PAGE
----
In 1991, in an effort to come to grips with the actual medical practice of euthanasia and assisted suicide, the Dutch Government established a government commission, headed by Professor Jan Remmelink to study the problem. The Remmelink Report opened the eyes of both the people of the Netherlands and the world to the extent of the practice of euthanasia in Holland. Remmelink found that 49,000 of the 130,000 deaths in the Netherlands each year were not natural but involved a "medical decision at the end of life" or MDEL. 95% of these MDEL cases involve, in equal numbers, either withholding treatment/discontinuing life support or the alleviation of pain and symptoms through medication that might hasten death. This latter (alleviating pain and symptoms) category accounted for approx. 20,000 deaths that had been hastened by a physicians decision. Actual euthanasia, using the official Dutch definition, occurred in 2,300 cases or 2% of all Dutch deaths. Dutch physicians helped 400 patients who requested suicide, for either mental illness or discomfort, to kill themselves in 1990. The alarming statistics of the Remmelink Report indicate that in thousands of cases decisions that might or were intended to end a fully competent patient's life were made without consulting the patient.
Over 50% of Dutch physicians admitted to practicing euthanasia, most often on cancer patients. Only 60% kept written records of their euthanasia practice and only 29% filled out death certificates honestly in euthanasia cases.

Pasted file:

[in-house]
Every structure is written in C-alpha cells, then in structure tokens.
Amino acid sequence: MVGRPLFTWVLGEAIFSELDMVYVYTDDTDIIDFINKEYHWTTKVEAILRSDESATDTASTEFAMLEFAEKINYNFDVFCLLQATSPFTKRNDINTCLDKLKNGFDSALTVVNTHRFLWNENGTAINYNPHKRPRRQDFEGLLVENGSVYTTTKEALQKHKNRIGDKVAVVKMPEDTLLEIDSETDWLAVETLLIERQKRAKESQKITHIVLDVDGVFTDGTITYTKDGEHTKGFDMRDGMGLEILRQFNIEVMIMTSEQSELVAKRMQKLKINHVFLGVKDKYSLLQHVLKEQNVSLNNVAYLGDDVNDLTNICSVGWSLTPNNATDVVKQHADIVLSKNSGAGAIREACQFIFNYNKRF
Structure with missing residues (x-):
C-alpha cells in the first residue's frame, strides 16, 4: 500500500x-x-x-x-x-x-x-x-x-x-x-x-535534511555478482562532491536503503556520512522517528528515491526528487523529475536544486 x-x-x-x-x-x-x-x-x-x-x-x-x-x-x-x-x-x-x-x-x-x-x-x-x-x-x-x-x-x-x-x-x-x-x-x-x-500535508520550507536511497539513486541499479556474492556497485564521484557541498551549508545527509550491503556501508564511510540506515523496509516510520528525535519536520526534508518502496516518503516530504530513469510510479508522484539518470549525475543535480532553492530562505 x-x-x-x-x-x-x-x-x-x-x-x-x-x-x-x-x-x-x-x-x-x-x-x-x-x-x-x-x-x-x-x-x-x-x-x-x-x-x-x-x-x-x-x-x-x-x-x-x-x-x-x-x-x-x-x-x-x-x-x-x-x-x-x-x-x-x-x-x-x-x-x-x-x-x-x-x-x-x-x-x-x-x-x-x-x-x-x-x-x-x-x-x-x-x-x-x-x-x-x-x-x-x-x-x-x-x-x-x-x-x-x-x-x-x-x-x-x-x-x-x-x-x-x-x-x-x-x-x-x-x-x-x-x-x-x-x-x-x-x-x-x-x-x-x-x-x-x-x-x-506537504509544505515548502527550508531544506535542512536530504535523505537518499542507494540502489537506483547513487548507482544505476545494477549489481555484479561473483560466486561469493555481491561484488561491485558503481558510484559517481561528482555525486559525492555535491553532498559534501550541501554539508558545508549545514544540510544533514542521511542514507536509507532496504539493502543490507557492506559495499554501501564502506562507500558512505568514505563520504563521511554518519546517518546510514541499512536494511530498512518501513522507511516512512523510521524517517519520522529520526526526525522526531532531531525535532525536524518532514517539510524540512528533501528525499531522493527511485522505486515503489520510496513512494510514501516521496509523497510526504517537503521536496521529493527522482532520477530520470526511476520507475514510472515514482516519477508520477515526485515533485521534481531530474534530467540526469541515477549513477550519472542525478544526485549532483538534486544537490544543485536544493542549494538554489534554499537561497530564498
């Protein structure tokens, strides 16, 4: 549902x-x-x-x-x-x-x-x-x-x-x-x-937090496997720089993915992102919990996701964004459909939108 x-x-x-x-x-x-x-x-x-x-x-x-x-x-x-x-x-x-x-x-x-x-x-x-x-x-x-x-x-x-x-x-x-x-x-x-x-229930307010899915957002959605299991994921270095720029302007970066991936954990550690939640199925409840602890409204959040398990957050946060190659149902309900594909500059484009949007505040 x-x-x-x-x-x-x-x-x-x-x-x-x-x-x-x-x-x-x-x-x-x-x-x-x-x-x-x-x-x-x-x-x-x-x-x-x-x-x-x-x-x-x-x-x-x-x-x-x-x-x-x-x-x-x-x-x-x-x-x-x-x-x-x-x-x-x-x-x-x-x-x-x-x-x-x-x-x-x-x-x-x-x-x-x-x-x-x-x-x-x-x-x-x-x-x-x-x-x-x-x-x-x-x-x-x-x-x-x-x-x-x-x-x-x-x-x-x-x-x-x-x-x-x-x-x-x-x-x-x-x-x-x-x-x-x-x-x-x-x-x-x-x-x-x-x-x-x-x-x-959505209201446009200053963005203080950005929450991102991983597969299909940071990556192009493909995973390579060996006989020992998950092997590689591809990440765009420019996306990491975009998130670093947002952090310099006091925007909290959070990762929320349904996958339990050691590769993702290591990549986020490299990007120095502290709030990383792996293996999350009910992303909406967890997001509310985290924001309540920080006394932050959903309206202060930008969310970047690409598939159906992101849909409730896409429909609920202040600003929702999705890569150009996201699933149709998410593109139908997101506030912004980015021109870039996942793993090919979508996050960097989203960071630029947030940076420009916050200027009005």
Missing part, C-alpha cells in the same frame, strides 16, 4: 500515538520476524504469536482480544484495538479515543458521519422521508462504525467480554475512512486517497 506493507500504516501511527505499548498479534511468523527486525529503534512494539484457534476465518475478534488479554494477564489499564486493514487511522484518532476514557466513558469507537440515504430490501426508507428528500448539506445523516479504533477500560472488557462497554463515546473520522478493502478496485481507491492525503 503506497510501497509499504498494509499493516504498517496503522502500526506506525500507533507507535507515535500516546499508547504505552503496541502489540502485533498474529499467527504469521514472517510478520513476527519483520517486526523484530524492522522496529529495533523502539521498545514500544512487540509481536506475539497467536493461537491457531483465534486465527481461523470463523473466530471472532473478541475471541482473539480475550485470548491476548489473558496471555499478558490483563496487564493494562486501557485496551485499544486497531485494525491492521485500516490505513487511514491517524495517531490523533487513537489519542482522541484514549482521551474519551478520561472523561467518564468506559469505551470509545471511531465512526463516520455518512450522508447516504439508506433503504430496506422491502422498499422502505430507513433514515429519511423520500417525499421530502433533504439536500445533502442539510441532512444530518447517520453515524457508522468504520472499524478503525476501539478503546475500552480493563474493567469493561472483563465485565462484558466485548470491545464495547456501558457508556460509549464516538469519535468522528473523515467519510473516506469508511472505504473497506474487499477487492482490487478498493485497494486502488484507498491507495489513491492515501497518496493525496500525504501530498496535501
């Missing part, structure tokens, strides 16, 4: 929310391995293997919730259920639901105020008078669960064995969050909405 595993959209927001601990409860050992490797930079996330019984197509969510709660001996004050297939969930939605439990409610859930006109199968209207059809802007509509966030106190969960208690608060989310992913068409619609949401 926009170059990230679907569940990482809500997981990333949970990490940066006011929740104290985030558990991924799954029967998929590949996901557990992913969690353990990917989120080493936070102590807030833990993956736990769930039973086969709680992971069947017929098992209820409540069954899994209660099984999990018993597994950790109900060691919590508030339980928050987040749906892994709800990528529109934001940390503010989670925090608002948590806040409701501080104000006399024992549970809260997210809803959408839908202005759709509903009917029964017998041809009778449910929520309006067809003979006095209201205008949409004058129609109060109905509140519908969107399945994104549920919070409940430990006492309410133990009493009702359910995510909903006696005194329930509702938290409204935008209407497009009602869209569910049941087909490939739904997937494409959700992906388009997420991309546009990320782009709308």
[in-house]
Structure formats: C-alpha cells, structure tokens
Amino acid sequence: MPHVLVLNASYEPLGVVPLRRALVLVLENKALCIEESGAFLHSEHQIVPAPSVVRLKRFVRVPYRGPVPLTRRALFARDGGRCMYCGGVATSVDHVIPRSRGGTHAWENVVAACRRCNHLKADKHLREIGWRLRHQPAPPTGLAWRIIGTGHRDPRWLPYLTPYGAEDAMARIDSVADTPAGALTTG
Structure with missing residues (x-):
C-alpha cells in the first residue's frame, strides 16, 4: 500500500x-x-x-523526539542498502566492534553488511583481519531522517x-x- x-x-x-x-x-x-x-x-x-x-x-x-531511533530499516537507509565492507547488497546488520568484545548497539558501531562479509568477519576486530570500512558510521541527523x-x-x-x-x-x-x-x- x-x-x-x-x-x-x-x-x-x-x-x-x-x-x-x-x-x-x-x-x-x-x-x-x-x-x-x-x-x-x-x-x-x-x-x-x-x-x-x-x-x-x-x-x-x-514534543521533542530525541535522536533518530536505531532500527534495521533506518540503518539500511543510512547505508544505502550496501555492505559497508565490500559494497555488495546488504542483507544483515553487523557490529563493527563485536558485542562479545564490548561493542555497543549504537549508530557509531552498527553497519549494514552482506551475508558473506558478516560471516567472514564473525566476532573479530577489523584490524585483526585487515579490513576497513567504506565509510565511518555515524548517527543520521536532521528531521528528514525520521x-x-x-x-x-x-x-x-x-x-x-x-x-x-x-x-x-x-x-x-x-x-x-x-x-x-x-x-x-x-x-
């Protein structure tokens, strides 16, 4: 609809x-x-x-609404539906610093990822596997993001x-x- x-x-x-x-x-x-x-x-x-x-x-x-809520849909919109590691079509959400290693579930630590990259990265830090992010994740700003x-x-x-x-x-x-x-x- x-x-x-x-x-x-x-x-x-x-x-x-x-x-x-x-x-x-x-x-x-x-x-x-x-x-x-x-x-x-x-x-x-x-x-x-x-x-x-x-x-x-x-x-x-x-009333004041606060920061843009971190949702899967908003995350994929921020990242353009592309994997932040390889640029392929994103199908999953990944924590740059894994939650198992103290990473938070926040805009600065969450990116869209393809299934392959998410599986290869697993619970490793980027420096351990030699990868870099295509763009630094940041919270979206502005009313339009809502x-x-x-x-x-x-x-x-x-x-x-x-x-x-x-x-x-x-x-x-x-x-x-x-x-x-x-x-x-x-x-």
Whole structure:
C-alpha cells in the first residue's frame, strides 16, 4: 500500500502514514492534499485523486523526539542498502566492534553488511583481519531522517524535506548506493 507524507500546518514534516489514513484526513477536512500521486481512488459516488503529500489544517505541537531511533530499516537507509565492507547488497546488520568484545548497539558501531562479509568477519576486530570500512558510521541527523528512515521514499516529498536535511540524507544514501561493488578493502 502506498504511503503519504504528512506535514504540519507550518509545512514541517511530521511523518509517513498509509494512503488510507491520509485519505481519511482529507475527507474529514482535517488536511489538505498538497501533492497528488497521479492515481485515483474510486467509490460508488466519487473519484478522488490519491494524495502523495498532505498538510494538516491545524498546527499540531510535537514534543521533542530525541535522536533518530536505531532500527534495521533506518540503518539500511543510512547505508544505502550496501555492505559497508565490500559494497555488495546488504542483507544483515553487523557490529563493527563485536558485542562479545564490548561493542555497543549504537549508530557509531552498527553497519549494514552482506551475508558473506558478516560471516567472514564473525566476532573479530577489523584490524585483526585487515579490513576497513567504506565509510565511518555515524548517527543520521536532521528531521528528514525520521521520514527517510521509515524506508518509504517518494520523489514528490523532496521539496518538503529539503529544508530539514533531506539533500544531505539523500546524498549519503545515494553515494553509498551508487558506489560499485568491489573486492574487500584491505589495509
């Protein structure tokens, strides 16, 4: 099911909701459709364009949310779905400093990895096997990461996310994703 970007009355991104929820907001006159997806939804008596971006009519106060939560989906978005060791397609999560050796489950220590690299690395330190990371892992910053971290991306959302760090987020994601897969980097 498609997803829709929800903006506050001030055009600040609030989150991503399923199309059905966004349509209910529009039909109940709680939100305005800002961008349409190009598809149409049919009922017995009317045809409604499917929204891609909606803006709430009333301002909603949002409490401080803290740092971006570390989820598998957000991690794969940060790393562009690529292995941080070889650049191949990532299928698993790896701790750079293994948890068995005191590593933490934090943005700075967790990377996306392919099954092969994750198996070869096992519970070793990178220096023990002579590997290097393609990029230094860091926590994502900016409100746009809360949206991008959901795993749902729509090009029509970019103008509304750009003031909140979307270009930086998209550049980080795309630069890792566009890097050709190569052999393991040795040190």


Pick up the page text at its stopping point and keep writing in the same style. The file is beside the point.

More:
In 1996 a second report on euthanasia in Holland (for 1995) was published. In the interim the number of cases where a doctor had made a decision with the intention to hasten death without the patients express request had risen from 15% to almost 20% of the total annual mortality rate of the Netherlands. At the same time, the number of cases of euthanasia, using the narrow Dutch definition, rose from 2,300 to over 3000, a 30% increase in just 5 years.
Dutch physicians, through the KNMG have long wanted these killings codified in law in order to protect themselves from prosecution. The Christian Democrat Alliance CDA (formerly Anti-Revolutionary party) opposed this, believing that so long as it was not legalized there was always a possibility of reversing the course of it's increasing normalization. Over the years, however, they did very little other than call for better reporting and review in order to prevent abuse, a plan that obviously did not work. In the Spring of 1998, three members of the Dutch Parliament introduced a Bill to change the Criminal Code and the Act on Burials in order to legalize (subject to certain conditions) euthanasia and assisted suicide. This Bill, which is expected to pass this summer, would normalize in law, actions that are already common. The Bill basically codifies the present KNMG guidelines with one rather important and startling addition. Section A(6) of the Bill States,